Late-life depression, which happens after the age of 60, can carry added risk because it can transition to dementia, Burkhardt said.

He stressed that depression needs to be treated, particularly in the elderly, who might not seek care because of an associated perceived stigma. He noted that suicide is the 17th leading cause of death in those aged 65 and older.

“When you’re depressed, you’re not good at coping with your physical conditions. Depression impacts the person who is experiencing it, and their families. Who wants to visit people when they aren’t happy? Then they’re alone.”

Burkhardt recommended that people watch for changes in behavior, thoughts, appetite, sleep and whether they lose interest in activities once important to them. “See a provider if you suspect depression. Don’t let stigma keep you from getting help. Don’t isolate yourself. Be social, stay active and have a daily structure.”

 

PamFoster

Payne-Foster receives research award for cultural competency training program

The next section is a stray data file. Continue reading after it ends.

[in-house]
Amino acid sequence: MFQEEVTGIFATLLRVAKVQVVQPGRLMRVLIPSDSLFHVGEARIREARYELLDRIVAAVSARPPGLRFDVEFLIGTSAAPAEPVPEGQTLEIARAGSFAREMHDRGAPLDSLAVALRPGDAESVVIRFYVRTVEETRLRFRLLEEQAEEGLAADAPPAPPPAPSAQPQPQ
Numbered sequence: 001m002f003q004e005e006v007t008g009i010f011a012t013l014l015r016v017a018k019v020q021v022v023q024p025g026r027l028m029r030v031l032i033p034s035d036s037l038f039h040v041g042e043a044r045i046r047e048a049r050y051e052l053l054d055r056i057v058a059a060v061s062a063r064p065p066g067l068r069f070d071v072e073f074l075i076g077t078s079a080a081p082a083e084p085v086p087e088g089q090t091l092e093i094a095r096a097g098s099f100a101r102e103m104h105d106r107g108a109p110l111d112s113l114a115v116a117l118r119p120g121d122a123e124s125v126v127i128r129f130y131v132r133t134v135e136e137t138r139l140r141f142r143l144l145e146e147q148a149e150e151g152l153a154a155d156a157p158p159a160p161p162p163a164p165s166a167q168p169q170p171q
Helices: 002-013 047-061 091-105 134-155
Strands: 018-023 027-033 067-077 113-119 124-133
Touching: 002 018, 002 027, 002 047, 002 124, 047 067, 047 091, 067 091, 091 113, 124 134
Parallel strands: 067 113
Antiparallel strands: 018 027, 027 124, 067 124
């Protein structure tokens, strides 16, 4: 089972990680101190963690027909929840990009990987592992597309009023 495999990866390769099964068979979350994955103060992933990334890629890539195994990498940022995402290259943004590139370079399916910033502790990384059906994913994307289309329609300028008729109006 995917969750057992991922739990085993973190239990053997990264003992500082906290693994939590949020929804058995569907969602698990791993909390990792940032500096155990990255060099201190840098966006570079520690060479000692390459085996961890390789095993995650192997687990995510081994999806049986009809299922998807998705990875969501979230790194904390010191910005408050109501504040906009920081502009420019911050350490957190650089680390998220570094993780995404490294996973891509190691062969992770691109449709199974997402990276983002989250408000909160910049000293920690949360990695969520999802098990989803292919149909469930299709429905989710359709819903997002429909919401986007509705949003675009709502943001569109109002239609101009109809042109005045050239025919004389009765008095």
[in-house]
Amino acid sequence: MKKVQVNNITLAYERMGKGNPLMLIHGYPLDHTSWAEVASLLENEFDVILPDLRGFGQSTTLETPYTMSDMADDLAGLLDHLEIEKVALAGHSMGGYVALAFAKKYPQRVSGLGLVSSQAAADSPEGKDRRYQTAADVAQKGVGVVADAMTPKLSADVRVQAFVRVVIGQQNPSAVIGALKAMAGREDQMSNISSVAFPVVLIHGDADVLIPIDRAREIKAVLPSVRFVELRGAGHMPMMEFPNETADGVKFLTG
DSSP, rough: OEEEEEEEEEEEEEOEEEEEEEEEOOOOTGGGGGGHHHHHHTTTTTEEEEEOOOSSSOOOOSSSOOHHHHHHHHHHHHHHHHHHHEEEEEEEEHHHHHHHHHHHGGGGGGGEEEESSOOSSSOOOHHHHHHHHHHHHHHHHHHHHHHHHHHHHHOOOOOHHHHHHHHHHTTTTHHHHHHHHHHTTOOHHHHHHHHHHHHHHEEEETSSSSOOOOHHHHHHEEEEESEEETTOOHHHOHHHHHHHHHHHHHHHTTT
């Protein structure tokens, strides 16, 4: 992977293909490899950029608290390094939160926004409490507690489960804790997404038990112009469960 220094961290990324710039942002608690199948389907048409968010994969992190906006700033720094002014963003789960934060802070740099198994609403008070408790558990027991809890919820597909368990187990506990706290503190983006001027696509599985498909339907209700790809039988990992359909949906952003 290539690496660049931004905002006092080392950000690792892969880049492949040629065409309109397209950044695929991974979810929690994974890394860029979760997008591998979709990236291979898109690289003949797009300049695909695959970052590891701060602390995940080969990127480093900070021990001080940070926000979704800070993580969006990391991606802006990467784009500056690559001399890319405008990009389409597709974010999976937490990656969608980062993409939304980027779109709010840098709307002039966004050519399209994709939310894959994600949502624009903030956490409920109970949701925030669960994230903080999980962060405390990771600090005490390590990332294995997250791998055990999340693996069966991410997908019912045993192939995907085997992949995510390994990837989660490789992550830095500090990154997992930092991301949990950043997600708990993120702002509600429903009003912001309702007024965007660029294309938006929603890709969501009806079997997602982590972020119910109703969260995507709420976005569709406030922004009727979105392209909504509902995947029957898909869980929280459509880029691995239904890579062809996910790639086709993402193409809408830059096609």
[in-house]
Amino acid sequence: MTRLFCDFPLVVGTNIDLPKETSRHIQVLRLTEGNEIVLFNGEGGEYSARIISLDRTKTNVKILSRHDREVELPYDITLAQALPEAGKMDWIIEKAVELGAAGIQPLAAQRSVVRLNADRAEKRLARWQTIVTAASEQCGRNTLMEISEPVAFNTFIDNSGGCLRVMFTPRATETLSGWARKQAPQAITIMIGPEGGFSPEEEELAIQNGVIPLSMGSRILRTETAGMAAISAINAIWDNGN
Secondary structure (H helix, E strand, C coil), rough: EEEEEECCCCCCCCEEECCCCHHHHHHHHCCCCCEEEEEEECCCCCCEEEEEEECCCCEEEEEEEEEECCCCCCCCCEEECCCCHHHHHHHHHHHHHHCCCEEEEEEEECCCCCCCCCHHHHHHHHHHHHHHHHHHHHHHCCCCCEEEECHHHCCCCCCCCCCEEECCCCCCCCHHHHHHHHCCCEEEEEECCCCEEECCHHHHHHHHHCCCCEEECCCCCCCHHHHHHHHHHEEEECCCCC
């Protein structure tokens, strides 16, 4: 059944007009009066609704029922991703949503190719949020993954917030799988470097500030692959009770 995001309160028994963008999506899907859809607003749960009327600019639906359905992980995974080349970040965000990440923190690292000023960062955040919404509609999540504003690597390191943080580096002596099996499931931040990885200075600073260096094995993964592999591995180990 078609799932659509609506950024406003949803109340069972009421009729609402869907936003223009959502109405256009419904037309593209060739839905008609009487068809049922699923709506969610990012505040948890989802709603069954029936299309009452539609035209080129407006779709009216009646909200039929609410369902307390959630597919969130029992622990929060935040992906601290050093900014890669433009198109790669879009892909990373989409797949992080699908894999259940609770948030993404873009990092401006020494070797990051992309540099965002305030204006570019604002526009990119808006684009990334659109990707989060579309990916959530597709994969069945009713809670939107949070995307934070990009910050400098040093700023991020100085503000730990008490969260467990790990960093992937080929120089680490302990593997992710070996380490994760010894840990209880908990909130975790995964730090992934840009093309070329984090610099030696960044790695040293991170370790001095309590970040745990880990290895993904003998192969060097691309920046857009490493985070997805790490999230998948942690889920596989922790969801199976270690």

Dr. Pamela Payne-Foster recently received the University of Alabama School of Medicine Dean’s Research Award for the “Development of a Culturally Competent Training Program for Medical Students and Residents at the Tuscaloosa Regional Campus.”

Payne-Foster, associate professor of Community and Rural Medicine and deputy director of the Institute for Rural Health Research at the College of Community Health Sciences, won the award for developing a half-day training session for The University of Alabama’s Rural Health Conference, which will be held on March 30 and 31, 2017. The topic for the 18th annual conference, hosted by the College and the Institute, is women’s health.

The training session will be for resident physicians, medical students and faculty at the College on the topic of cultural competency.

“I know that is an important skill that students need in the future, and it is not offered much in their curriculum,” Payne-Foster says. “It also builds on some foundational work that the College has been doing for several years.

Payne-Foster learned of the award in August and received $1,000 of funding.

A planning committee comprised primarily of medical students and residents has started to develop the training session with pre- and post-evaluations that will be held in conjunction with the Rural Health Conference.

Learn more about the annual conference at rhc.ua.edu.